Al Capone’s Miami Beach Mansion, Saved From Demolition, Sells for $15.5 Million
Developers bought it for $10.75 million in August, but faced local opposition to razing the home to make room for a new home
By V.L. Hendrickson | Mansion Global
EWM REALTY INTERNATIONAL
The Miami Beach mansion of gangster Al Capone traded hands for $15.5 million last week, just weeks after it was purchased by developers for $10.75 million and set to be demolished.
Developer Todd Michael Glaser and his business partner Nelson Gonzalez bought the roughly 7,500-square-foot Palm Island residence through a limited liability company at the end of August, records with PropertyShark show. Mr. Glaser told The Wall Street Journal he planned to tear down the house in favor of a modern build.
Despite Capone’s nefarious reputation and criminal history, the plans rankled locals. An online petition to stop the development got more than 25,000 signatures.
“Miami Beach risks losing an important part of not just our local history, but of U.S. history if this demolition is allowed to proceed,” organizers said in the petition. “The loss of this landmark structure and its replacement with a new oversized home will have a long-term negative impact on the community.”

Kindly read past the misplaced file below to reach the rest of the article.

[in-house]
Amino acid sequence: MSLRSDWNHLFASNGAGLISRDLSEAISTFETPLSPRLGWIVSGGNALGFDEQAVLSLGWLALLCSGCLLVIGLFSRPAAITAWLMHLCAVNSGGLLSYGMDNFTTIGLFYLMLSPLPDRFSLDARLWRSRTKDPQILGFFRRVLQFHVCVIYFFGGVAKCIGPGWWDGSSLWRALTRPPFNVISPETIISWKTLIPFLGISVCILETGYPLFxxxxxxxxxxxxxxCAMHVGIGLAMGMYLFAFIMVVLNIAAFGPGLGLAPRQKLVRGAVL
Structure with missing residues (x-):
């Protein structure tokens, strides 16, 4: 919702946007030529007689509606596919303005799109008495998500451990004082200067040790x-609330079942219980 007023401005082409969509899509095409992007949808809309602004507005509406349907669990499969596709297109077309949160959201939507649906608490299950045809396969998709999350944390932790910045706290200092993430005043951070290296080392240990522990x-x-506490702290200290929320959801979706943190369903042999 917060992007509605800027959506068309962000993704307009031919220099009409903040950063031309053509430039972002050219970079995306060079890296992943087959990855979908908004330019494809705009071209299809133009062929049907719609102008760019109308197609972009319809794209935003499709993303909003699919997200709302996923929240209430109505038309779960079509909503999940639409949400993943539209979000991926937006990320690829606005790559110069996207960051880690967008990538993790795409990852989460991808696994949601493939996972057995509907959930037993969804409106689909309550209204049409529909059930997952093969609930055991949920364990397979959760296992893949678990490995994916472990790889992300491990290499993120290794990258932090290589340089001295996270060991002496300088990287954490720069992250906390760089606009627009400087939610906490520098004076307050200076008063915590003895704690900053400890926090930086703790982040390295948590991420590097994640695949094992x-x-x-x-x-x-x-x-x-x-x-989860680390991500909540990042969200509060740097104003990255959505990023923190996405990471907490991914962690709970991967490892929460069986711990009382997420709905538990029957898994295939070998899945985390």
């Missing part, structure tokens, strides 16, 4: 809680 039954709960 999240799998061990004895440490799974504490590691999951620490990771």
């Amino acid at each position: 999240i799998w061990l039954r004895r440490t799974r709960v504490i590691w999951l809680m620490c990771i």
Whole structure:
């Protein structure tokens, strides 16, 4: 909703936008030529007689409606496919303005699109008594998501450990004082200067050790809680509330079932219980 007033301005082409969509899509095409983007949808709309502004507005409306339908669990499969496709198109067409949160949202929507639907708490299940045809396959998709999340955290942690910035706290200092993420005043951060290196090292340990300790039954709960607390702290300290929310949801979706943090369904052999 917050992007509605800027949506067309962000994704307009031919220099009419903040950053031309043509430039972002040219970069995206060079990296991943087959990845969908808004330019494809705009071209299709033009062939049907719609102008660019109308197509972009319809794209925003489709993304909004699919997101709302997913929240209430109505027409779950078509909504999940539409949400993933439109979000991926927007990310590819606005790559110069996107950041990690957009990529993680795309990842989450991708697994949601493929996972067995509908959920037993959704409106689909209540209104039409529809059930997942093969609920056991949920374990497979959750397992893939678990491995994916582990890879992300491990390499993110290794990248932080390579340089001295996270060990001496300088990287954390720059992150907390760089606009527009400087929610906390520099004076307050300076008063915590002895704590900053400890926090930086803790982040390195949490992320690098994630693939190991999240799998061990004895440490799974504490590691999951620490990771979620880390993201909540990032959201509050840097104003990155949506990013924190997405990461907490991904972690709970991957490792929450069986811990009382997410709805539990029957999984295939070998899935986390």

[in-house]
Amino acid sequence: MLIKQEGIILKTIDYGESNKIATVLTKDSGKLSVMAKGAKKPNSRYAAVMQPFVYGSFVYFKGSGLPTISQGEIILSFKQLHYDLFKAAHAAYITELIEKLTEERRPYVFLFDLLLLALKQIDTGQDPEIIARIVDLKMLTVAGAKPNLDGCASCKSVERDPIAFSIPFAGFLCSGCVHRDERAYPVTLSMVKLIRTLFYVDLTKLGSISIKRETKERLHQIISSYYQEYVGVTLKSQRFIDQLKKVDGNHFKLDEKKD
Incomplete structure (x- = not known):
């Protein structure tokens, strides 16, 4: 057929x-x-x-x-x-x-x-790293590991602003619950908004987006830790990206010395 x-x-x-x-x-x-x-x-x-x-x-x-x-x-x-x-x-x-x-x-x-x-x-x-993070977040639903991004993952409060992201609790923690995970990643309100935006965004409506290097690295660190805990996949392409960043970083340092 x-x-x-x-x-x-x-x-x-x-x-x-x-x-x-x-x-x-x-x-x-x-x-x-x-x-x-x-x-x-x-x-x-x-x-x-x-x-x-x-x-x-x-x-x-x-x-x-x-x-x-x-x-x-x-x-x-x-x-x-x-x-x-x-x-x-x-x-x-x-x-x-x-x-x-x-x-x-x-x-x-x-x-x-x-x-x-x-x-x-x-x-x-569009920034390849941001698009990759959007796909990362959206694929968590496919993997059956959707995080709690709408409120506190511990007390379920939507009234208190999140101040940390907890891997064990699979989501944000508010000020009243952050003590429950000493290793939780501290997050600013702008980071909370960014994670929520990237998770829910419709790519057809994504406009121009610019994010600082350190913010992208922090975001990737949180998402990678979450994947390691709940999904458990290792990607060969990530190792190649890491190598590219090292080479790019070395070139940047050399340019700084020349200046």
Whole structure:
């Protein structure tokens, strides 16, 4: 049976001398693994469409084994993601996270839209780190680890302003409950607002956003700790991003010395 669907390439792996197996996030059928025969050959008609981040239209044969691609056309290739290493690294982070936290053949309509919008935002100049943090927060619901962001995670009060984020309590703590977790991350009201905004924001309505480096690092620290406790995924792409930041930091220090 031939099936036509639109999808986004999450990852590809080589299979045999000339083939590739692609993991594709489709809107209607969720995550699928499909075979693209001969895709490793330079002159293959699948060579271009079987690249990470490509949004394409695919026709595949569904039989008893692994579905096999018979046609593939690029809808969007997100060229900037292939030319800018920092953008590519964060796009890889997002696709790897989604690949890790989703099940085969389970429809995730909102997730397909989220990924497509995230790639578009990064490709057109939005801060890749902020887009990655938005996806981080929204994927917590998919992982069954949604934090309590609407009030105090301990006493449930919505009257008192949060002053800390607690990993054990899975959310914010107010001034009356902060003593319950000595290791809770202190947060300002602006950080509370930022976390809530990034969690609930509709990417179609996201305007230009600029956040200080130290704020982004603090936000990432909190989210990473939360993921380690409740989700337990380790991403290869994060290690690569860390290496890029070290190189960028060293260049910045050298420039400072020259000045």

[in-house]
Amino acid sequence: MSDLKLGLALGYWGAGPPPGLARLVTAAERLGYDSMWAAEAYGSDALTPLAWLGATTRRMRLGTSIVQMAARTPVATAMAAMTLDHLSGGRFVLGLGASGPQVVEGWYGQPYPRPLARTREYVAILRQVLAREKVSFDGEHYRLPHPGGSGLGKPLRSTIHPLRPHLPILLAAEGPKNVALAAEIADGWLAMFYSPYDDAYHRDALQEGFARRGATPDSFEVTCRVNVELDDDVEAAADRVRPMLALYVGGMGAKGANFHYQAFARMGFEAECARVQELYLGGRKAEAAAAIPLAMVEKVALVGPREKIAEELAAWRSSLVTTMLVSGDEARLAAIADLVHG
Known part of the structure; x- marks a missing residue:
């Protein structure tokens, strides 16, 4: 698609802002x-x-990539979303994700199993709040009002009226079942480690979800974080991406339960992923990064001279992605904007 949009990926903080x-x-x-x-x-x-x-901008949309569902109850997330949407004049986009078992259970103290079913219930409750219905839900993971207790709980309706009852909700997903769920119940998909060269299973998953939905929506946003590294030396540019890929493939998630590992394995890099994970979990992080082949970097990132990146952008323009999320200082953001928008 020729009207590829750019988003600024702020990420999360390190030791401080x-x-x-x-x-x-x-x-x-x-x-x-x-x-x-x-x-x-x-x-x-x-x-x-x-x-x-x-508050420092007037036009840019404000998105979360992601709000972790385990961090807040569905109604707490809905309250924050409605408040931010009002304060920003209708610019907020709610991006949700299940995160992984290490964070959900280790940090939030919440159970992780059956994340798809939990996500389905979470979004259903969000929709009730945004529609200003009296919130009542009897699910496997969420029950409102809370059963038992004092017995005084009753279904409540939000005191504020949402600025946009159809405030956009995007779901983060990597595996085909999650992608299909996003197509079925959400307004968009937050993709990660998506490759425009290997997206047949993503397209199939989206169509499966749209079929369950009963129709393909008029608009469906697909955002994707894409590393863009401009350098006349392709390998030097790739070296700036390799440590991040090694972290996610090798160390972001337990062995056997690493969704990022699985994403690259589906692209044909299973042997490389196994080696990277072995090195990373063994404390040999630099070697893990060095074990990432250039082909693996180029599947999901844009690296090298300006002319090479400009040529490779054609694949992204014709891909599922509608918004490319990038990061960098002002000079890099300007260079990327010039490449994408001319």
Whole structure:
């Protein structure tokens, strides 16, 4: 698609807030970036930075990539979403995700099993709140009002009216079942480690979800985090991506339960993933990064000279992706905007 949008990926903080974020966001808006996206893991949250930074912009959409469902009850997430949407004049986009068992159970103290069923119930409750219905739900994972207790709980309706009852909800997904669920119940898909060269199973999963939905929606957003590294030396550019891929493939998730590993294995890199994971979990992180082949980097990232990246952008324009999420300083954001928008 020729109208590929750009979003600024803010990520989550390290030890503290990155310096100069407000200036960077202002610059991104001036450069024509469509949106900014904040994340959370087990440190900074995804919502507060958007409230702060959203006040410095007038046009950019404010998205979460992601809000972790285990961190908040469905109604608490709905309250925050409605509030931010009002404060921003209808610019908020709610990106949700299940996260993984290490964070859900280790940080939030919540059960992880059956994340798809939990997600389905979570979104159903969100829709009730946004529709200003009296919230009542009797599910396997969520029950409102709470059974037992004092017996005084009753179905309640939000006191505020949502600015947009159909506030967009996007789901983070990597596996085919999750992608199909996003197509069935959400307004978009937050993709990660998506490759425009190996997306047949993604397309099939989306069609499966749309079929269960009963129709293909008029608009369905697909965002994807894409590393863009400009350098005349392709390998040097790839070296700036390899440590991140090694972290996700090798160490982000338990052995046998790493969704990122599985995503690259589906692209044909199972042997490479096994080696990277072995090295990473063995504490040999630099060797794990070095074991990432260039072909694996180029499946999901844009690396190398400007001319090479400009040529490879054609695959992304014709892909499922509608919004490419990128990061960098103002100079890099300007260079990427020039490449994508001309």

The outcry caused the developers to withdraw their application to the local Design Review Board, which would have decided if the home could be torn down, in mid-September. Mr. Glaser likened the recent sale of the property to winning the lottery in an interview with the Miami Herald. He confirmed the sale to Mansion Global, but declined to comment further.
Public records of the sale were not yet available, and Mansion Global could not identify the most recent buyer.
The Brooklyn-born gangster bought the home, which was built in 1922, in 1928 for $40,000. Capone died there from a heart attack in 1947 at age 48.
The seven-bedroom, seven-bathroom residence was fully renovated in 2015, Mansion Global reported, and has been on and off the market since 2018. It was first listed for $14.9 million by Mr. Gonzalez, senior vice president of Berkshire Hathaway HomeServices EWM. The price was cut several times before the listing was removed in July 2020, listing records show.
The Spanish Colonial-style mansion has views of Biscayne Bay and a private beach, a gatehouse and a 30-by-60-foot pool with a cabana, Mansion Global reported. It was said to be the largest private pool in Florida.
”The house has a charming 1920s feel. It has very lush tropical gardens and it’s super private,” Mr. Gonzalez told Mansion Global in 2018. He did not immediately return a request for comment.